The Impact of Host Variables and Tumor Necrosis Factor on the Gut Microbiome in a Mouse Model of Crohn’S Disease
Crohn’s Disease (CD) and Ulcerative Colitis (UC) are chronic, inflammatory conditions of the digestive tract that are collectively known as Inflammatory Bowel Disease (IBD). Currently, IBD has no cure and the exact mechanisms of disease development and progression are unknown. The gut microbiome is the collection of microbes that reside in the digestive tracts of humans and animals, and it has been shown to be associated with a variety of diseases, including IBD. Mouse models of colitis are often used to investigate the role of the gut microbiome in IBD. In this work, I investigated the role of tumor necrosis factor (TNF) on the gut microbiome in a mouse model of CD. Tumor necrosis factor is an inflammatory cytokine that plays a critical role in the inflammatory response. A common IBD treatment strategy is the use of TNF inhibitors. However, a subset of patients only responds to anti-TNF treatment for a limited time, while others do not respond at all. It is not fully understood how TNF, or TNF blockade, impacts the microbiome. Therefore, my overall objective was to determine how TNF and host variables impact the mouse gut microbiome during colitis. My hypotheses were that 1) Age, sex, and TNF affect the fecal microbiome of mice, and impact the severity of acute 2,4,6 trinitrobenzenesulfonic acid (TNBS) colitis. 2) TNF, sex and disease severity impact the microbiome in chronic TNBS colitis and the composition of the fecal microbiome will closely correlate with colitis severity. 3) Different mouse strains have a distinct fecal microbiome. To test my hypotheses, I induced acute and chronic TNBS colitis in WT mice and Tnf-/- mice. 16S rRNA gene sequencing, microbiome analysis, and multivariate analyses were used to determine the relationship of host factors to the gut microbiome. I found that TNF, age, and sex impact the gut microbiome in mice before and after colitis. Additionally, I identified specific microbes that are differentially abundant depending on TNF expression, GI site, as well as the mouse age, sex, strain, and vendor. This work highlights the importance of considering host factors in microbiome studies and provides important data to the literature concerning the role of the gut microbiome in IBD pathogenesis.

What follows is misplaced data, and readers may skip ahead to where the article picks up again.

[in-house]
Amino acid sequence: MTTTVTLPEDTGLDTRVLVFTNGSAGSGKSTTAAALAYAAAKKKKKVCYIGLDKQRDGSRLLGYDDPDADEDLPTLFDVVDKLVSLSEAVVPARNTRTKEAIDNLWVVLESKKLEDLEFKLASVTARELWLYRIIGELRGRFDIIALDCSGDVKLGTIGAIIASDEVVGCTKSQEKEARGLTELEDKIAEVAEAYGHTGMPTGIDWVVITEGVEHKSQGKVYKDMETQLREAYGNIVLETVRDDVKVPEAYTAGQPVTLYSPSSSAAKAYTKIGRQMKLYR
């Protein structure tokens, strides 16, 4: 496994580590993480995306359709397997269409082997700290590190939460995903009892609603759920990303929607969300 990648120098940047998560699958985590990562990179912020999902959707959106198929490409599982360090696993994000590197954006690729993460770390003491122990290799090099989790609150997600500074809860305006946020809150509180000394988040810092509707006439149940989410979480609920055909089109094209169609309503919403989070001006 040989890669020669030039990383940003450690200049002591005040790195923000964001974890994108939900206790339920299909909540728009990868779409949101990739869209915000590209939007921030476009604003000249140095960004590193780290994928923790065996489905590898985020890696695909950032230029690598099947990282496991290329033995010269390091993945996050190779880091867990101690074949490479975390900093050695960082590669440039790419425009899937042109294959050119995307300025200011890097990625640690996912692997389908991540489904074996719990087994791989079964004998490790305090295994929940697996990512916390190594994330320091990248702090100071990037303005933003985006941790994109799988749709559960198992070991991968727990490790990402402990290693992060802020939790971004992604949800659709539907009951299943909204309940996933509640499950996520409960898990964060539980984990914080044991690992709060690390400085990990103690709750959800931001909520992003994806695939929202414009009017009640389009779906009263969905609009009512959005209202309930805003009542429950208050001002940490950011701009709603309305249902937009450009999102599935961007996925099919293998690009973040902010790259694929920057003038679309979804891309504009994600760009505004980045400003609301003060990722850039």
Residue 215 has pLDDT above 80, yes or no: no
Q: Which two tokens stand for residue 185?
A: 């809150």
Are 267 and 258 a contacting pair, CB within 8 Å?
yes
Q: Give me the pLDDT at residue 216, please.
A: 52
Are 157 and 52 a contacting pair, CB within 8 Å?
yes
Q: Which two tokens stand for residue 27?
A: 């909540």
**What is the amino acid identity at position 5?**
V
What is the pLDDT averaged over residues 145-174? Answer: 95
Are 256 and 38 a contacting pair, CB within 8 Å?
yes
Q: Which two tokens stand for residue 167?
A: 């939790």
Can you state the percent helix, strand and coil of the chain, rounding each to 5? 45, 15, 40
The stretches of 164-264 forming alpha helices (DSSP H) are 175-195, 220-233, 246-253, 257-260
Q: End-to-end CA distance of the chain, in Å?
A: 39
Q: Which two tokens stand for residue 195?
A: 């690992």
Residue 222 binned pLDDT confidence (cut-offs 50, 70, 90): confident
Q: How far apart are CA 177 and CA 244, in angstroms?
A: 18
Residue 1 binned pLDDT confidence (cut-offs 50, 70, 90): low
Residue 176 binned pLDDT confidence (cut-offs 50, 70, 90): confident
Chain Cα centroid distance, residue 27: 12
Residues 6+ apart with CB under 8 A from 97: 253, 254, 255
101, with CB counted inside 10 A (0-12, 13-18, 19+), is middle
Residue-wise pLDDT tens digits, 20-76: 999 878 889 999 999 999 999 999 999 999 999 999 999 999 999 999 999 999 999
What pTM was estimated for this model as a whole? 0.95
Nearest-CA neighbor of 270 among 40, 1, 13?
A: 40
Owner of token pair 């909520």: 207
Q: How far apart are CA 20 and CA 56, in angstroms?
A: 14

Nakatsu, Purdue University.
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